What is it?
A “live-action” Tarzan movie.
Who’s it for?
Tarzan fanatics(?), kids and Edgar Rice Burroughs’ heirs.
The Legend of Tarzan is a collection of scenes with a dull lead actor and so much digital paint that it’s more animated than real. Alexander Skarsgard still has his True Blood vampire stare on and can’t keep a consistent accent. It’s a shame because he certainly looks the part even down to the physique.
The film dispenses with origins and takes us into what feels like a part 2. The backstory is exposed through flashbacks and many of the character’s motivations are revealed slowly throughout the movie. This tactic provides some surprises, but ultimately makes for an uninteresting and cartoony adventure.
The film begins with a series of detailed title cards. They are meant to explain the antagonist’s motivations and they are a harbinger of failed filmmaking. We meet the ill-defined villains of the piece in the first scene then spend three-quarters of the picture waiting to understand what they want. The film ultimately makes us understand, but at the expense of interest. I found myself remembering the opening cards around the time I realized I didn’t care anymore.
The action scenes are sharp and inventive when they’re animated. Sadly, director David Yates stuck to medium shots when working with fight scenes. Fast cuts bounce back and forth between the actors. He captures their faces, but not their feet. This distorts the choreography of the action. It’s chaotic and it feels out of place. The fully animated action doesn’t suffer the same issues. It flows quickly while still being readable to the eye.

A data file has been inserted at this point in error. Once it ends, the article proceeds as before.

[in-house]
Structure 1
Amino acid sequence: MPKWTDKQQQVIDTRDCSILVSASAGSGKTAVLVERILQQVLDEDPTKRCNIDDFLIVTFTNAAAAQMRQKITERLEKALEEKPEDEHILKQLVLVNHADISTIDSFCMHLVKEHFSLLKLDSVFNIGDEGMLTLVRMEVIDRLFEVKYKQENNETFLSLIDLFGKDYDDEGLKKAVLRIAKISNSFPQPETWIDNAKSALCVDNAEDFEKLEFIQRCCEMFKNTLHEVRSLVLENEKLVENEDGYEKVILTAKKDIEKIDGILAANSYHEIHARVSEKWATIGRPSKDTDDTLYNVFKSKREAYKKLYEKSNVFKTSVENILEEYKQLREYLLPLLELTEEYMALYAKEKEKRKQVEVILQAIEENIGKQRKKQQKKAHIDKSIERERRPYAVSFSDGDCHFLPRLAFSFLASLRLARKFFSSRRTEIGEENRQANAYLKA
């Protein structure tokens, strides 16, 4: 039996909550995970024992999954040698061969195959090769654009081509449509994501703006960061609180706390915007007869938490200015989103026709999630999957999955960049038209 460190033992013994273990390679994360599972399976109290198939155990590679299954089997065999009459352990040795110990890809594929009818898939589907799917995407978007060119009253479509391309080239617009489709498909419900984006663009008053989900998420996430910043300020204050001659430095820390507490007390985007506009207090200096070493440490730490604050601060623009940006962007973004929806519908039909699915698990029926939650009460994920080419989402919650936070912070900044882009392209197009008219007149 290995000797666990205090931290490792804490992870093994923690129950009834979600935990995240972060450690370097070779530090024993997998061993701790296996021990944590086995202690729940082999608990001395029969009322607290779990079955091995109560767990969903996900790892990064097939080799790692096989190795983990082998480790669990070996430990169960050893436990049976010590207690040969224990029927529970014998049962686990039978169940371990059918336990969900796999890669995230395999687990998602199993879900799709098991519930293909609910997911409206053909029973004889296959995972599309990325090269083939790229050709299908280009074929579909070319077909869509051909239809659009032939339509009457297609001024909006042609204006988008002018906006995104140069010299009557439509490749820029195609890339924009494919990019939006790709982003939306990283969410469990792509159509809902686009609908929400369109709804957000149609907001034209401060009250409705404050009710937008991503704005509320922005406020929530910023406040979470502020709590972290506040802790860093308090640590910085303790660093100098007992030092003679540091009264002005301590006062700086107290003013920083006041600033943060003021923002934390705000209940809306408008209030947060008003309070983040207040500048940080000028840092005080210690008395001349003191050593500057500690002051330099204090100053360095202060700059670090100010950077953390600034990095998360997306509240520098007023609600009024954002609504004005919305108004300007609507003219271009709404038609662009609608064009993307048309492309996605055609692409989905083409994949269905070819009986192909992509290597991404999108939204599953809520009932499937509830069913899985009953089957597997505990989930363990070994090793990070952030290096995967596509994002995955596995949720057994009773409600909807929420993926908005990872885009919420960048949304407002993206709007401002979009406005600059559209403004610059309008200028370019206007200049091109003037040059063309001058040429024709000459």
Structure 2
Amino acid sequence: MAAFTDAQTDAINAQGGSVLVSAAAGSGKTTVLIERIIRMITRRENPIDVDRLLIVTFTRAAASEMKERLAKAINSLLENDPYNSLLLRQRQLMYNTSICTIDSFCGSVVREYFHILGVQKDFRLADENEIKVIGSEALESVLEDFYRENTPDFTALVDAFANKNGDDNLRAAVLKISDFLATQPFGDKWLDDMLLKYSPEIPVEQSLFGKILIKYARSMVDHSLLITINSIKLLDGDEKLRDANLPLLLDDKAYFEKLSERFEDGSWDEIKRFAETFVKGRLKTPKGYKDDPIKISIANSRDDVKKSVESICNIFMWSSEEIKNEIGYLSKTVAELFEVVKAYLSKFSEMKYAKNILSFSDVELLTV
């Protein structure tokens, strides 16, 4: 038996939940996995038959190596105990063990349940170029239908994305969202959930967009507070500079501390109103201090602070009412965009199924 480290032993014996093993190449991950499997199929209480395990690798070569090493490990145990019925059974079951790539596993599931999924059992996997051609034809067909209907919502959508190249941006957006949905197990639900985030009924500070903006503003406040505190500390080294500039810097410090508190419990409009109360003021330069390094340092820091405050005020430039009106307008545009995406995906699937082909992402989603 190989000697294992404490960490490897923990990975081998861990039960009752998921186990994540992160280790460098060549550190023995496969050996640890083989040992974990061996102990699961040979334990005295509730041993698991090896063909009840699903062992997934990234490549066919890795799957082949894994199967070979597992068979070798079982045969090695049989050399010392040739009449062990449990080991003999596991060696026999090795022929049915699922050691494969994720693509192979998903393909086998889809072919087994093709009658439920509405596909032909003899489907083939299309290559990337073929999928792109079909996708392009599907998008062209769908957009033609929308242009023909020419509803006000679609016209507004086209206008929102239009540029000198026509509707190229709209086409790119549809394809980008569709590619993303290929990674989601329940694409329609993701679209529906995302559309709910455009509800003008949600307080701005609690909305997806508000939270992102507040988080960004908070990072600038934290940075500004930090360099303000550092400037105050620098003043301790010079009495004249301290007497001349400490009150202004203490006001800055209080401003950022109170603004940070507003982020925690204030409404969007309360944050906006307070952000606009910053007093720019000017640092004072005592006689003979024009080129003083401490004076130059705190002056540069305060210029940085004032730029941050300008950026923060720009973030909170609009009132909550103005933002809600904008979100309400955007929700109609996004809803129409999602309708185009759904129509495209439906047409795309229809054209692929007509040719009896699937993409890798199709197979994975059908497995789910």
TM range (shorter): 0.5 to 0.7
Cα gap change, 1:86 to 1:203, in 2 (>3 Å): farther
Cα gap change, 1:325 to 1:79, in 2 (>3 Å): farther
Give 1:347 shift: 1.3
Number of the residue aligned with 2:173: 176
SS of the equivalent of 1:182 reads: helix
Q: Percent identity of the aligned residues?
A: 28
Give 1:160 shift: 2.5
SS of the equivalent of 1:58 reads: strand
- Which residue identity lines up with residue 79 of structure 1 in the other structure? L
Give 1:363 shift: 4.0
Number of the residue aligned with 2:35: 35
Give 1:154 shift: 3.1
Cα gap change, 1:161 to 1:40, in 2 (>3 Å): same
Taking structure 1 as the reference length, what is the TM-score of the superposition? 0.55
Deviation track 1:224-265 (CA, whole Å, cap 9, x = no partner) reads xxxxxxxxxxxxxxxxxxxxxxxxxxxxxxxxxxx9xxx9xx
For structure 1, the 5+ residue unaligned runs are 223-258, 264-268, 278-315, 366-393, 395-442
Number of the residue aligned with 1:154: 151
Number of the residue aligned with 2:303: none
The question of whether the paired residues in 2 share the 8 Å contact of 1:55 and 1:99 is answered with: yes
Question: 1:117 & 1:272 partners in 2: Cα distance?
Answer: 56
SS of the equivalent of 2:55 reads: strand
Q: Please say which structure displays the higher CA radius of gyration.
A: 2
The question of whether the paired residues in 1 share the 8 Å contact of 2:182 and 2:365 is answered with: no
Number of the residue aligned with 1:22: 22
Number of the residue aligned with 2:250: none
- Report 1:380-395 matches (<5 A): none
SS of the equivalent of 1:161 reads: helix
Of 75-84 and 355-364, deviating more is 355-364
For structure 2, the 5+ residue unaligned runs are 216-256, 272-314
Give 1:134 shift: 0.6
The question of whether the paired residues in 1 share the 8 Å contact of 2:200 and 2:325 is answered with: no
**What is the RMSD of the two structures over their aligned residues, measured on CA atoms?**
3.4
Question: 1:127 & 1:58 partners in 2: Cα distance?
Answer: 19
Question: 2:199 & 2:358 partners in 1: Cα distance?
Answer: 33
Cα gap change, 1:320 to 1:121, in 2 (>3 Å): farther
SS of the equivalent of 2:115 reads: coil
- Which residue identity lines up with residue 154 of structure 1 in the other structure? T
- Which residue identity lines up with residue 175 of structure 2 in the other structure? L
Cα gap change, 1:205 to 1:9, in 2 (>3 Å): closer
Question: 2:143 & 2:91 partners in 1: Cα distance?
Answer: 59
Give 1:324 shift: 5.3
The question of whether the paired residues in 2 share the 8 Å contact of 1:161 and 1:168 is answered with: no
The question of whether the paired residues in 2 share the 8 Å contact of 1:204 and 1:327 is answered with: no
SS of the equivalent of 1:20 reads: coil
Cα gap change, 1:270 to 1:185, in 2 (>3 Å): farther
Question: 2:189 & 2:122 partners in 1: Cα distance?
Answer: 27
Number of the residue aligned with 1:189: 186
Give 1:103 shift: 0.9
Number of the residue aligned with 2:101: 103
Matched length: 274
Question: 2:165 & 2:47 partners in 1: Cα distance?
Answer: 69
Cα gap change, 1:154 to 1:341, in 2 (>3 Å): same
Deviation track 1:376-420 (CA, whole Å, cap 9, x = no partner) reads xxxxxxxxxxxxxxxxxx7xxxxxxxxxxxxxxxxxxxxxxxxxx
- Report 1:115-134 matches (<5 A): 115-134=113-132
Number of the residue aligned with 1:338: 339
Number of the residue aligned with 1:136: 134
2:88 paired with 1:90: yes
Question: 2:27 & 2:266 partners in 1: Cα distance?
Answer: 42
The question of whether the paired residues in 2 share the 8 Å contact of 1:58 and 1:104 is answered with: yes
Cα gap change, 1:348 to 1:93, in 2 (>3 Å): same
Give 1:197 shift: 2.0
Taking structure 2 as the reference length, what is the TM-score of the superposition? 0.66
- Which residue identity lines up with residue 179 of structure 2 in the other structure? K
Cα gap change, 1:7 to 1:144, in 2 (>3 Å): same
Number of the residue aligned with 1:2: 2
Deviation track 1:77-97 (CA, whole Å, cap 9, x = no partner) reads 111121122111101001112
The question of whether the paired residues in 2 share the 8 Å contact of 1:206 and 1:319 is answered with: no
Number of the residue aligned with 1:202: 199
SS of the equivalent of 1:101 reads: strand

The Legend of Tarzan was shot entirely in a studio. Every location is a digital painting that sparkles with color and contrast. I enjoy that kind of thing, but most people really don’t (think the SW prequels). The story attempts to balance this animated aesthetic with it’s own sense of reality. There’s an effort to reign in the Hollywood notions of Tarzan and bring him back to his pulpier roots. The yodeling is surprisingly conservative and there are explanations about his physical adaptations and a “dog whisperer” approach to the animals. Tarzan cannot overpower apes in this film. He’s just a man, but he can overpower men as though he were Captain America.
More than any prior Tarzan film, this one creates it’s own world. That’s the film’s strength. There are moments here where Tarzan is cool again. Moments, I say. It’s a shame Skarsgard doesn’t have the charisma to do the rest of the job.